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Granny flats – small housing units that often exist in the form of converted garages or freestanding structures in homeowners’ backyards – were a fixture throughout San Diego County even before Gov. Jerry Brown signed a bill last year that made them easier to build.
The law, written by Sen. Bob Wieckowski, essentially reduces the authority of local governments over the granny flat building process.
But so far only seven of the 19 jurisdictions in San Diego County have updated their granny flat ordinances, and there is still confusion about what the law means for cities, architects and homeowners.
Wieckowski and Greg Nickless of the state’s housing and community development department tried to address some of those concerns at a conference in San Diego on Monday.
One area of pushback has been parking requirements, Nickless said. For instance, some cities still want to require homeowners who convert a garage into a granny flat to construct a new parking garage as a replacement. The law tossed out such requirements.
“It has been 30 years where we deal with local jurisdictions that say, ‘You don’t understand, but we’ve got a parking problem.’ I understand. I know you have a parking problem, but we have a housing problem,” Wieckowski said.
California ranks next to last in the country in housing units per capita, according to stats provided by Wieckowski’s office. State lawmakers are treating the construction of granny flats – and lowering other local barriers to construction – as remedies to the housing crisis.
“We’ve heard time and time again that we need to decrease the cost of new housing production, and we need to create more naturally affordable homes for California—[granny flats] check both of those boxes at the same time,” said Sen. Toni Atkins, who co-wrote the granny flat bill.
While the law simplified the process of building a granny flat, onerous fees may be keeping many homeowners from actually building them.
The fees for building a granny flat in San Diego are comparable to fees required for building a 20,000 square-foot home, said Sarah Jarman, a consultant for the San Diego City Council’s Smart Growth and Land Use Committee.
On Nov. 8, the committee will vote on whether to waive some granny flat fees, which would reduce the total from more than $15,000 to about $2,000. That does not include other fees the city has no control over, such as fees from private water companies.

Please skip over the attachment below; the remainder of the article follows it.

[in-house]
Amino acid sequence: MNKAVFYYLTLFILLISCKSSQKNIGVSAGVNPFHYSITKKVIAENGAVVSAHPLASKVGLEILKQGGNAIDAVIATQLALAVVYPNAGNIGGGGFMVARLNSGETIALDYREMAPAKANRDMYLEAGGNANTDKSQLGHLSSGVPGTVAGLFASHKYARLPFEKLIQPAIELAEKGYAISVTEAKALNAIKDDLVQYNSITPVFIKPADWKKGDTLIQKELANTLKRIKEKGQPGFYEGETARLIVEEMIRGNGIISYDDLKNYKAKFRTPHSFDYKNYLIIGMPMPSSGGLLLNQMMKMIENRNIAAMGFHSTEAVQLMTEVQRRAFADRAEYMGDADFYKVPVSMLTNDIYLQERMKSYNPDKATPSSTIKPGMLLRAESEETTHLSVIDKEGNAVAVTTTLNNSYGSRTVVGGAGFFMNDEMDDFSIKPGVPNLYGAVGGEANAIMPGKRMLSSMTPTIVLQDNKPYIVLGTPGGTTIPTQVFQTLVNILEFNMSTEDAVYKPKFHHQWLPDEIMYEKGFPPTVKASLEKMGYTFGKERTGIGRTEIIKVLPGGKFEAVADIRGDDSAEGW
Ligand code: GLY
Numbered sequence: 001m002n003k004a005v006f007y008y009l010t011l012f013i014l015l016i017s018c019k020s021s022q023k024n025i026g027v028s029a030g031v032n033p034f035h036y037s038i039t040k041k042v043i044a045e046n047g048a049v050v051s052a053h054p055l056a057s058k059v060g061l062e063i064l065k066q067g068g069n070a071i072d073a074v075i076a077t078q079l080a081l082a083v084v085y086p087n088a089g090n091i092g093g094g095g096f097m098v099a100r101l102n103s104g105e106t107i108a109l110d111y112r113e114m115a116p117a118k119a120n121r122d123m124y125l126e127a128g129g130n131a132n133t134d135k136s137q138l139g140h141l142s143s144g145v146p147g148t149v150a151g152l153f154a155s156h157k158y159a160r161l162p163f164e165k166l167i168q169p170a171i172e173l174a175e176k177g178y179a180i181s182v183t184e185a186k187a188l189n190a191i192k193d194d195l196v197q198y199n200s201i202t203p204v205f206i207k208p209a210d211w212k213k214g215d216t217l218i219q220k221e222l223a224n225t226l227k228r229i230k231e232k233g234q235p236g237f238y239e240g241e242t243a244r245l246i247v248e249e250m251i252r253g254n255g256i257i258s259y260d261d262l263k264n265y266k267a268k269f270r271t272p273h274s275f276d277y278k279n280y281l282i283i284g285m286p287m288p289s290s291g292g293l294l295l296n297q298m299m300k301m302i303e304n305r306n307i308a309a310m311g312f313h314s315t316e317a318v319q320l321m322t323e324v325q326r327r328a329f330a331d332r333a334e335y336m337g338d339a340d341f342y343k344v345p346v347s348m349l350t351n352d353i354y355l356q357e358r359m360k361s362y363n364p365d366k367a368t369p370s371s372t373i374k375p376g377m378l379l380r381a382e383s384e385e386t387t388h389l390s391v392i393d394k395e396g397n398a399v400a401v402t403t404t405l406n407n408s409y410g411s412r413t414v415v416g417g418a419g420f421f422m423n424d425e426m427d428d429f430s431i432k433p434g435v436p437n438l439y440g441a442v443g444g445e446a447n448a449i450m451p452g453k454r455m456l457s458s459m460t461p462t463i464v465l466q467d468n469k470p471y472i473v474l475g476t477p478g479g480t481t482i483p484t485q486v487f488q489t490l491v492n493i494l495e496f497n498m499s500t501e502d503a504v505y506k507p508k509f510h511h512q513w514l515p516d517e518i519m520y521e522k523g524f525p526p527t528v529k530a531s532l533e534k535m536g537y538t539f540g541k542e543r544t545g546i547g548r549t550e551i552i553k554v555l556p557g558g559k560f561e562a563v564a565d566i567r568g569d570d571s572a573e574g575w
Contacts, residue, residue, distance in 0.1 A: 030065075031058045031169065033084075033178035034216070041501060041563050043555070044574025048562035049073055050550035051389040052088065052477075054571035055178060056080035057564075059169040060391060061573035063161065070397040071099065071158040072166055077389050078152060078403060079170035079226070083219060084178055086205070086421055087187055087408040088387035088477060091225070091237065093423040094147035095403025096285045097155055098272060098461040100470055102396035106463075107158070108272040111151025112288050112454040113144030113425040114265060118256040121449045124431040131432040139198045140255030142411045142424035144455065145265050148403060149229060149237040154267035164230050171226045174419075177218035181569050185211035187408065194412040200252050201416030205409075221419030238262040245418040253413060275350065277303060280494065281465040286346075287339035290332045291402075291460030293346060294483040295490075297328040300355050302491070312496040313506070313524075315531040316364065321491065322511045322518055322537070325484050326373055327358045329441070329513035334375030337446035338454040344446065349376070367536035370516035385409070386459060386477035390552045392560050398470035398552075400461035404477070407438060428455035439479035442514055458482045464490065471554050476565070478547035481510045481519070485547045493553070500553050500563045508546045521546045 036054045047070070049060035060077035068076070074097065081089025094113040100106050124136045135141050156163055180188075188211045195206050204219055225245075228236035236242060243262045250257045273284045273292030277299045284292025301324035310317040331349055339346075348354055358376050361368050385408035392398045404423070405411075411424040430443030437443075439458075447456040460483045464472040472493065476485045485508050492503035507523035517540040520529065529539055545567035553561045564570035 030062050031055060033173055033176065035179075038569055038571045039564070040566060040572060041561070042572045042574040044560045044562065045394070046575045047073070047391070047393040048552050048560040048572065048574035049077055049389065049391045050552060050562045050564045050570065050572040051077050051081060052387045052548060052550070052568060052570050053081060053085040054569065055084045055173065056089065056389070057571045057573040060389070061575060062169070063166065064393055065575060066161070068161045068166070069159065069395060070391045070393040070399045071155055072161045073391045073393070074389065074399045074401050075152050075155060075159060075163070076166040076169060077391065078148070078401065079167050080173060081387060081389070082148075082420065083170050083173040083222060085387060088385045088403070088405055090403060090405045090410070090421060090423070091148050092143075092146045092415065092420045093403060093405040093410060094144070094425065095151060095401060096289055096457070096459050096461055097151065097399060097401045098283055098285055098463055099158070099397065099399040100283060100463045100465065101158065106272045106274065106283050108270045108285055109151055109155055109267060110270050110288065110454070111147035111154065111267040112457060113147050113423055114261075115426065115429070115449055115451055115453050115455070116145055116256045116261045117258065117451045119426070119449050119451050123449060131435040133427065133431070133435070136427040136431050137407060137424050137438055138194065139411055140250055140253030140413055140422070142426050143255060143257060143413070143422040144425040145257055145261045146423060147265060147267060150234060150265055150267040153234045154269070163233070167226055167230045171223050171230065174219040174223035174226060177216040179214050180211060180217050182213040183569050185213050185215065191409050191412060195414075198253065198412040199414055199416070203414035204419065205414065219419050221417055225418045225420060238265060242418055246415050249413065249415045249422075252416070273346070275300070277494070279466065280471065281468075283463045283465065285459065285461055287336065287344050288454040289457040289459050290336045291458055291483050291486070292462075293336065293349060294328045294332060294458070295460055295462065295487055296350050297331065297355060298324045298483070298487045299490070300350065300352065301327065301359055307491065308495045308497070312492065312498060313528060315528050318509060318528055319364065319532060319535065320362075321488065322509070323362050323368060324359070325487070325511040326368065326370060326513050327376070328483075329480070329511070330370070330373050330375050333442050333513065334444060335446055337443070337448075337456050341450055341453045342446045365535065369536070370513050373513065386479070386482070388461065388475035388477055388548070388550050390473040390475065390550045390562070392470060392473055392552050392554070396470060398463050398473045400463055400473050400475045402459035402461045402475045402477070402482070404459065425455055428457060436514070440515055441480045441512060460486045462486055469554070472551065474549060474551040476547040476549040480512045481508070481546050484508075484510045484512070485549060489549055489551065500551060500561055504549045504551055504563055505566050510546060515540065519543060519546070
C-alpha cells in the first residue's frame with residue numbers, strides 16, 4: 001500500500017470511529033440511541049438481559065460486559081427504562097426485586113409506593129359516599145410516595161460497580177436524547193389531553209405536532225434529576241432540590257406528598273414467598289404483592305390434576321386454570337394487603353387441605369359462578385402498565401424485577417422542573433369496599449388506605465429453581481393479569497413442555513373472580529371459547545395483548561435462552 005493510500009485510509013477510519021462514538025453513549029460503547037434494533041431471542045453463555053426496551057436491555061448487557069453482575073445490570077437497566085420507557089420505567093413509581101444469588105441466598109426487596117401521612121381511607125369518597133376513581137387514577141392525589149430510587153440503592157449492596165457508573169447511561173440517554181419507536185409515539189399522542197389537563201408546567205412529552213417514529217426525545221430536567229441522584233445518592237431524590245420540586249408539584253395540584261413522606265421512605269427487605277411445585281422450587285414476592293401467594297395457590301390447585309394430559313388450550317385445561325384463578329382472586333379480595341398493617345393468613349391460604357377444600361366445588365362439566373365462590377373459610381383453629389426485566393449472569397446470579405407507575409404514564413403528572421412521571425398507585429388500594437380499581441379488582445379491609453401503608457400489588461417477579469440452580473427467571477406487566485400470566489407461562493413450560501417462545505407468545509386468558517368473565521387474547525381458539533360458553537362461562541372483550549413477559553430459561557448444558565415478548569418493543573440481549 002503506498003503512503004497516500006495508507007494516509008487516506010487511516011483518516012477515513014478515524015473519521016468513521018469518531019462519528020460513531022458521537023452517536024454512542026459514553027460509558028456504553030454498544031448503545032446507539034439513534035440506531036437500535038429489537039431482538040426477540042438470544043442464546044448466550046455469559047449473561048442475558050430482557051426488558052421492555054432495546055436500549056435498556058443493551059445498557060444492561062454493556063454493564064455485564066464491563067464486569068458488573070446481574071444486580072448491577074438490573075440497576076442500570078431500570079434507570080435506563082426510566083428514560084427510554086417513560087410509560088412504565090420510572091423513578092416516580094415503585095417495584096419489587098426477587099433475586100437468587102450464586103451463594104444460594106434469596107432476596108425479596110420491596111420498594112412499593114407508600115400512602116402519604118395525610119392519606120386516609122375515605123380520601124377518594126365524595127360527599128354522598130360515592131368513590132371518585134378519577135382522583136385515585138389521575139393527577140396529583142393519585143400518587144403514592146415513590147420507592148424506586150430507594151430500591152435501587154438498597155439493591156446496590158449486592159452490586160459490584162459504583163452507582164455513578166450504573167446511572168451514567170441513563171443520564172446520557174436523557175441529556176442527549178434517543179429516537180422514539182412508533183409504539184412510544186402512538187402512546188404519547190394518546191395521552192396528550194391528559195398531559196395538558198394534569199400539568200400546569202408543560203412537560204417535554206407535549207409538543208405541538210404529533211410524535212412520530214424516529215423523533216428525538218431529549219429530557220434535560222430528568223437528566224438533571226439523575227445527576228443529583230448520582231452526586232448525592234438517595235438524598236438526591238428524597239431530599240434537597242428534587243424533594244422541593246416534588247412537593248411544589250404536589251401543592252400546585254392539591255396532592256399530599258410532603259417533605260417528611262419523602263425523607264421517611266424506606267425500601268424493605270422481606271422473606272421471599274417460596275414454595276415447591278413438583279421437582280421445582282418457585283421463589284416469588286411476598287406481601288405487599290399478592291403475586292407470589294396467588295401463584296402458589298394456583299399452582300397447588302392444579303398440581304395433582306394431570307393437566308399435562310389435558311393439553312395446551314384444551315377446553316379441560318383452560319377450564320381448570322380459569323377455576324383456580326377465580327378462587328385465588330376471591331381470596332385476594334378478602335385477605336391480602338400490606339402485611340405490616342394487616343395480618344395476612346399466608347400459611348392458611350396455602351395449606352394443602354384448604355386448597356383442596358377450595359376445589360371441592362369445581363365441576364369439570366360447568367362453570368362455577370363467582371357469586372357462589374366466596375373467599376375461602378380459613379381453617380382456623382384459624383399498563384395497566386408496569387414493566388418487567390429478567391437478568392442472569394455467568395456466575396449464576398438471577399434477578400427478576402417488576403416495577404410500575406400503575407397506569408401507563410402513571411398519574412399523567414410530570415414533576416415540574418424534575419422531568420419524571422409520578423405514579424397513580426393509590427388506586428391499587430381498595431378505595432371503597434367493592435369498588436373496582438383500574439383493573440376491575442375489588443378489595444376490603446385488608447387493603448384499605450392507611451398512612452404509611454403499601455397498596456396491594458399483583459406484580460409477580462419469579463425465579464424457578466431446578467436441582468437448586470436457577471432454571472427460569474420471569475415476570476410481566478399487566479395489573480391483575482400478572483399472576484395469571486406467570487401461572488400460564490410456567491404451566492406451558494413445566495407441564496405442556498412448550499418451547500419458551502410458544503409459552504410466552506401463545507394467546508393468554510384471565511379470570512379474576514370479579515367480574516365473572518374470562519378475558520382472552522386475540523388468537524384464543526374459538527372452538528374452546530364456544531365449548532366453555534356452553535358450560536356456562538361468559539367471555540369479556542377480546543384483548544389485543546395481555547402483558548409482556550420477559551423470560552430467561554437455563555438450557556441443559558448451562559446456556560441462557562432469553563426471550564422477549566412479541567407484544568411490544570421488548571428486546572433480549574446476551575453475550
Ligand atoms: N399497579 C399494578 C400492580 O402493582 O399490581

Though applications for granny flat permits have increased in San Diego from 12 applications in 2016 to 48 this year, the city is far from its goal of 6,000 new granny flats in the next decade.
– Jonah Valdez
Republicans Go All in Against the Gas Tax
With the legislative session over, California Republicans focused all their attention this week on the statewide gas tax increase, which went into effect Wednesday.
Though Republican lawmakers have long expressed a desire to repair the state’s roads, they object to the gas tax and believe a larger share of existing gas tax money should go toward roads, instead of being funneled into the state’s general fund.
“California’s drivers are being punished with higher gas and car taxes for a problem they didn’t create. The state’s General Fund has grown from $100 billion in 2013 to more than $125 billion this year – a record high,” Republican Senate leader Pat Bates, who represents portions of North County, said in a statement. “Yet the liberal supermajority allocated very little from those additional revenues for road repairs. At the same time, the supermajority continued diverting $1 billion each year from existing transportation dollars to general state expenses.”
Republicans are now hoping to make the tax hike a 2018 election issue, and many support an effort to repeal the tax being led by San Diego talk radio host Carl DeMaio.
The San Diego County Republican Party is holding nine rallies across the county on Saturday to promote the repeal effort. They sent out this directive for participants: “Only stand on public right of way. Do not stand on private or commercial property unless specifically invited. Most people will agree with our message but do not argue with fellow citizens. Be respectful. Do not occupy parking spaces used for business. Preferably park a few blocks away. Smile, be positive, and have fun!”
Some endangered Republican members of Congress are jumping in, including San Diego Rep. Darrell Issa, who’s been feuding with Gov. Jerry Brown a lot lately.
“Sacramento shouldn’t make families pay for its repeated financial mismanagement,” Issa said in a statement. “California must repeal this misguided tax increase so we can help more families keep more of what they earn.”
Golden State News
- Columbia Journalism Review profiles CALMatters and its approach of courting wealthy donors to fund newsgathering efforts.
- California, heart of the resistance, also shaped and raised some of the fastest-rising conservative stars. (New York Times)
- San Diego businessman John Cox is running for governor, and is still pushing his idea to split up Senate and Assembly districts into 10,000 micro districts. (Capitol Public Radio)
- Social media companies got a very intense grilling on Capitol Hill this week. (San Francisco Chronicle)
- Some environmentalists recognize the need to build dense new housing near transit, which means they’ve formed unlikely alliances with developers. (CityLab)
- The California Senate in 2014 made it easier for employees to report misconduct, but the reforms haven’t really helped much. (L.A. Times)